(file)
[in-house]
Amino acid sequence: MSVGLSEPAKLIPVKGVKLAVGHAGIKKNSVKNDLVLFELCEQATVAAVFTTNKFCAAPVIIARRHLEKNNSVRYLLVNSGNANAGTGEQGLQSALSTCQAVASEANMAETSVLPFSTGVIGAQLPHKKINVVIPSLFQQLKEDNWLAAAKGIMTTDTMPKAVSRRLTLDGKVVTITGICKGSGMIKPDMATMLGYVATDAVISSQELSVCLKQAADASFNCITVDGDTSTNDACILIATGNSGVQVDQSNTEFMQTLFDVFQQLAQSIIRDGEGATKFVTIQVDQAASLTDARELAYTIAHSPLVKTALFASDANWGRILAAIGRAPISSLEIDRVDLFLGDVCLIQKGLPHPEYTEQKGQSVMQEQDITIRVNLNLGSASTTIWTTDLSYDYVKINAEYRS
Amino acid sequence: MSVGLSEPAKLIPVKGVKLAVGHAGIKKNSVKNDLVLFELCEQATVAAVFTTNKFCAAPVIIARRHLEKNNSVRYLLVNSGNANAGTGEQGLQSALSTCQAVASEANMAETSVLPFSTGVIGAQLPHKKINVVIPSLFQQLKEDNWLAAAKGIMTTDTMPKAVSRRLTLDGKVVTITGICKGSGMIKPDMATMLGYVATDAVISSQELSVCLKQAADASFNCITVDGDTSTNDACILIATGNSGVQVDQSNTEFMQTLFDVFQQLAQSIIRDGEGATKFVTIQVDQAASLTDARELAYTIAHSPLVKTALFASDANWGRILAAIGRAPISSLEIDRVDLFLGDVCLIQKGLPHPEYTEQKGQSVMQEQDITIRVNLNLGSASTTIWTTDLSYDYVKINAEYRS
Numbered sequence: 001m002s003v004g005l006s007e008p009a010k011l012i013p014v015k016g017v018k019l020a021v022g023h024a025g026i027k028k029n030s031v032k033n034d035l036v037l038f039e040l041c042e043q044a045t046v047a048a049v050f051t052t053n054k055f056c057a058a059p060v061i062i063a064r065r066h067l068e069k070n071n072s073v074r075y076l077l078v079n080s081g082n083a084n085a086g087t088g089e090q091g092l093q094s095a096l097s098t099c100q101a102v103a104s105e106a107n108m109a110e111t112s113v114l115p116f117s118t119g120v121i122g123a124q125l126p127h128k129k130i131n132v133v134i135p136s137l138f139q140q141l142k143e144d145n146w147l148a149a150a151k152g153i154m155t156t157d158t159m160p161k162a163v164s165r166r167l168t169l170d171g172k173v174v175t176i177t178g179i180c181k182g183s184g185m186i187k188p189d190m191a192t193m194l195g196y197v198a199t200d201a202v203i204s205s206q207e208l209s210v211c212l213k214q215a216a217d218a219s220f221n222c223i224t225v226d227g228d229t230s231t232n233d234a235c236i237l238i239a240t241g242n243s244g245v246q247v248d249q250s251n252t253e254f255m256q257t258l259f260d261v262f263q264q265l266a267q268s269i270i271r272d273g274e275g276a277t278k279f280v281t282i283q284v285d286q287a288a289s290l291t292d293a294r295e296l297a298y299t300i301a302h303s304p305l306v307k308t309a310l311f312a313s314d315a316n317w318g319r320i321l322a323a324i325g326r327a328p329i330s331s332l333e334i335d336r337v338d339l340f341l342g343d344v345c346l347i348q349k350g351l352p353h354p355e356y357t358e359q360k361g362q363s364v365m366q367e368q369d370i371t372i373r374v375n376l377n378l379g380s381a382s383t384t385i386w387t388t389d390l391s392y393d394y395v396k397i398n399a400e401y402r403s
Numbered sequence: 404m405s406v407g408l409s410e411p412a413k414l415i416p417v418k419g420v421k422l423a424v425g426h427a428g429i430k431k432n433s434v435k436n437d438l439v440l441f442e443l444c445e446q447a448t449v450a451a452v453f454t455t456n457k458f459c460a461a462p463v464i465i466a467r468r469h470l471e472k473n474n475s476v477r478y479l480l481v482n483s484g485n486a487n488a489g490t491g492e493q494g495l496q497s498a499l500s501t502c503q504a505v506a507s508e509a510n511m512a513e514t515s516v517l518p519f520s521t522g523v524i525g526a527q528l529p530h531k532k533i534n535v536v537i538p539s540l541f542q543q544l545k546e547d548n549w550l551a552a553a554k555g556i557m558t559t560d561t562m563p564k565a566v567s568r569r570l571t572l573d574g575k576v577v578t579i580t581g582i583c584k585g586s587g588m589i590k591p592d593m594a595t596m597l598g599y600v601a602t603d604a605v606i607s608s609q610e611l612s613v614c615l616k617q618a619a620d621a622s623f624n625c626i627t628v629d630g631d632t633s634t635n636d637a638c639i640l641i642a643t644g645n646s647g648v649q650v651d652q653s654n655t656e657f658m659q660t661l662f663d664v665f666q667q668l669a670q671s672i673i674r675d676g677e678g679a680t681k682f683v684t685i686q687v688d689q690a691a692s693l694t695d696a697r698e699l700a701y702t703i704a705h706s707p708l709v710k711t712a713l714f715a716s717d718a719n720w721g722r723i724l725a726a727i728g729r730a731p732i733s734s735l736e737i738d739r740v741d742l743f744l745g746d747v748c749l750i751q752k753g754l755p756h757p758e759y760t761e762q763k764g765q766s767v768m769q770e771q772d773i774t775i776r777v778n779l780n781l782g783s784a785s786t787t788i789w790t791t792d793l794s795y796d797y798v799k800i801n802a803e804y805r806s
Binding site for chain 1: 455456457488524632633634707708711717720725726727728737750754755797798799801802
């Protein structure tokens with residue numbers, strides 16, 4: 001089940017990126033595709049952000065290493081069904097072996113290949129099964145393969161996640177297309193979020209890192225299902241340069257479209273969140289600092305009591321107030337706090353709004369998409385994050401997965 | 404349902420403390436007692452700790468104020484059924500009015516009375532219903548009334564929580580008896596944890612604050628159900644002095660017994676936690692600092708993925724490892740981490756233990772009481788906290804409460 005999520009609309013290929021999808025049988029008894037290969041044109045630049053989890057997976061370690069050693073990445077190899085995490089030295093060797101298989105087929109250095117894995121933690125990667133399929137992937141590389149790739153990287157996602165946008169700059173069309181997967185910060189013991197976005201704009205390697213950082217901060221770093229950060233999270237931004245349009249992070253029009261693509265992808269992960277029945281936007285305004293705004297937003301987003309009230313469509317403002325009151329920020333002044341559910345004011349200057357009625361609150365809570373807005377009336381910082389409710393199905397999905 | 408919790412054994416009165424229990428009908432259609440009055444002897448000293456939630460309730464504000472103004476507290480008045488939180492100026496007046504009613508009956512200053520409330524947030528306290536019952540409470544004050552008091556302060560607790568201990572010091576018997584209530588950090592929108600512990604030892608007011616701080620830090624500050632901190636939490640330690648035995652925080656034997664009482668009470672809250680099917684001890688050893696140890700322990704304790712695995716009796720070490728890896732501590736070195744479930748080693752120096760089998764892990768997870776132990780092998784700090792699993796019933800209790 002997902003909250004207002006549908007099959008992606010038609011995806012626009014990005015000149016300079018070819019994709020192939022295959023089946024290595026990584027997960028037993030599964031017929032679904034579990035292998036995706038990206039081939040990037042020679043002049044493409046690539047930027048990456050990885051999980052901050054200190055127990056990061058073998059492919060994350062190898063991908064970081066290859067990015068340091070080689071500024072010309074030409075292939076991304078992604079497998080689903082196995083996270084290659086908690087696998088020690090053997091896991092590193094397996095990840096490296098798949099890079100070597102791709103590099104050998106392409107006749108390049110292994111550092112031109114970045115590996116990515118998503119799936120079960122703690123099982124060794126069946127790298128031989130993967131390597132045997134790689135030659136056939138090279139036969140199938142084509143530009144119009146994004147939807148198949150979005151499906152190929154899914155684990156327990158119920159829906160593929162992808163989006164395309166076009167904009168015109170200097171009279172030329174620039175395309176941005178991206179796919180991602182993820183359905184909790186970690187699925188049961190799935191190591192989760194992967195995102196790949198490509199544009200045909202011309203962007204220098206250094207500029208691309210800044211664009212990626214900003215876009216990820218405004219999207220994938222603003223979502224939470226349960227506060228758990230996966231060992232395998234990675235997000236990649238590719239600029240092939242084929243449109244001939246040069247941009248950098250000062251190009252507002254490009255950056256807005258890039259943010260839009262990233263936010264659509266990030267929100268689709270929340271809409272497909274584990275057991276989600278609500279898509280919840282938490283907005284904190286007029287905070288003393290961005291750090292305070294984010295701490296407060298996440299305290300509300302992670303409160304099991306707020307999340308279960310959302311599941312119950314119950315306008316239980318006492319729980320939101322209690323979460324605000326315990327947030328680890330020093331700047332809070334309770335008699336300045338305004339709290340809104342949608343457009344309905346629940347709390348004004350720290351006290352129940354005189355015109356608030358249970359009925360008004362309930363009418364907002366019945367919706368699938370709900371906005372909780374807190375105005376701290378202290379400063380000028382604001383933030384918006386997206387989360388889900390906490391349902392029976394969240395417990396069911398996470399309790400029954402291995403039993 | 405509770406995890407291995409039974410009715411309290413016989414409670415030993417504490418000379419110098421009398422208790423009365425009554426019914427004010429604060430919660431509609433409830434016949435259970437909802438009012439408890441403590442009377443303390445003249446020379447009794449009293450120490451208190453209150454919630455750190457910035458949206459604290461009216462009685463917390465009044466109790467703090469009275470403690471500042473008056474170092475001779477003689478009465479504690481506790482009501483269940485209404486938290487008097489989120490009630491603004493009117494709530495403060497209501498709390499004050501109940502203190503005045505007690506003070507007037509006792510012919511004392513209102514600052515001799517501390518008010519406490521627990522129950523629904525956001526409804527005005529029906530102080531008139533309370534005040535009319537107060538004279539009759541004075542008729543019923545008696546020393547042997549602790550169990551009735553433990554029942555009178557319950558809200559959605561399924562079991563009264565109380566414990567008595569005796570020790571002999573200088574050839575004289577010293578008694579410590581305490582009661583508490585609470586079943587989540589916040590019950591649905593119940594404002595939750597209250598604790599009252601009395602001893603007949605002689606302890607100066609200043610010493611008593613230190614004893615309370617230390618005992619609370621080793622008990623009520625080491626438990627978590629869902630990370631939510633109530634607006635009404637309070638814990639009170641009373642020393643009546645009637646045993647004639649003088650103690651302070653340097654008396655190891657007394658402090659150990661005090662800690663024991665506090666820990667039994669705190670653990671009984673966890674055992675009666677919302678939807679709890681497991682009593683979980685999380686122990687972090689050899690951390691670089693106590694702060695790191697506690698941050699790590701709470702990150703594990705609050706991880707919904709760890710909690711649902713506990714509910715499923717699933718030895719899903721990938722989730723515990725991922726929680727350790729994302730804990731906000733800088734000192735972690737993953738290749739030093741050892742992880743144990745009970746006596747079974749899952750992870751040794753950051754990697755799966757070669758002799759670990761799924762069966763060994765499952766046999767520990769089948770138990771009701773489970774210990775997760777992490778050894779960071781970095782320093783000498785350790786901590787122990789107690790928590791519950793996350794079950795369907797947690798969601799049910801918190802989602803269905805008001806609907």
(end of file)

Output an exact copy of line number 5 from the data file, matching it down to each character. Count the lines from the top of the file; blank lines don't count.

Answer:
Numbered sequence: 404m405s406v407g408l409s410e411p412a413k414l415i416p417v418k419g420v421k422l423a424v425g426h427a428g429i430k431k432n433s434v435k436n437d438l439v440l441f442e443l444c445e446q447a448t449v450a451a452v453f454t455t456n457k458f459c460a461a462p463v464i465i466a467r468r469h470l471e472k473n474n475s476v477r478y479l480l481v482n483s484g485n486a487n488a489g490t491g492e493q494g495l496q497s498a499l500s501t502c503q504a505v506a507s508e509a510n511m512a513e514t515s516v517l518p519f520s521t522g523v524i525g526a527q528l529p530h531k532k533i534n535v536v537i538p539s540l541f542q543q544l545k546e547d548n549w550l551a552a553a554k555g556i557m558t559t560d561t562m563p564k565a566v567s568r569r570l571t572l573d574g575k576v577v578t579i580t581g582i583c584k585g586s587g588m589i590k591p592d593m594a595t596m597l598g599y600v601a602t603d604a605v606i607s608s609q610e611l612s613v614c615l616k617q618a619a620d621a622s623f624n625c626i627t628v629d630g631d632t633s634t635n636d637a638c639i640l641i642a643t644g645n646s647g648v649q650v651d652q653s654n655t656e657f658m659q660t661l662f663d664v665f666q667q668l669a670q671s672i673i674r675d676g677e678g679a680t681k682f683v684t685i686q687v688d689q690a691a692s693l694t695d696a697r698e699l700a701y702t703i704a705h706s707p708l709v710k711t712a713l714f715a716s717d718a719n720w721g722r723i724l725a726a727i728g729r730a731p732i733s734s735l736e737i738d739r740v741d742l743f744l745g746d747v748c749l750i751q752k753g754l755p756h757p758e759y760t761e762q763k764g765q766s767v768m769q770e771q772d773i774t775i776r777v778n779l780n781l782g783s784a785s786t787t788i789w790t791t792d793l794s795y796d797y798v799k800i801n802a803e804y805r806s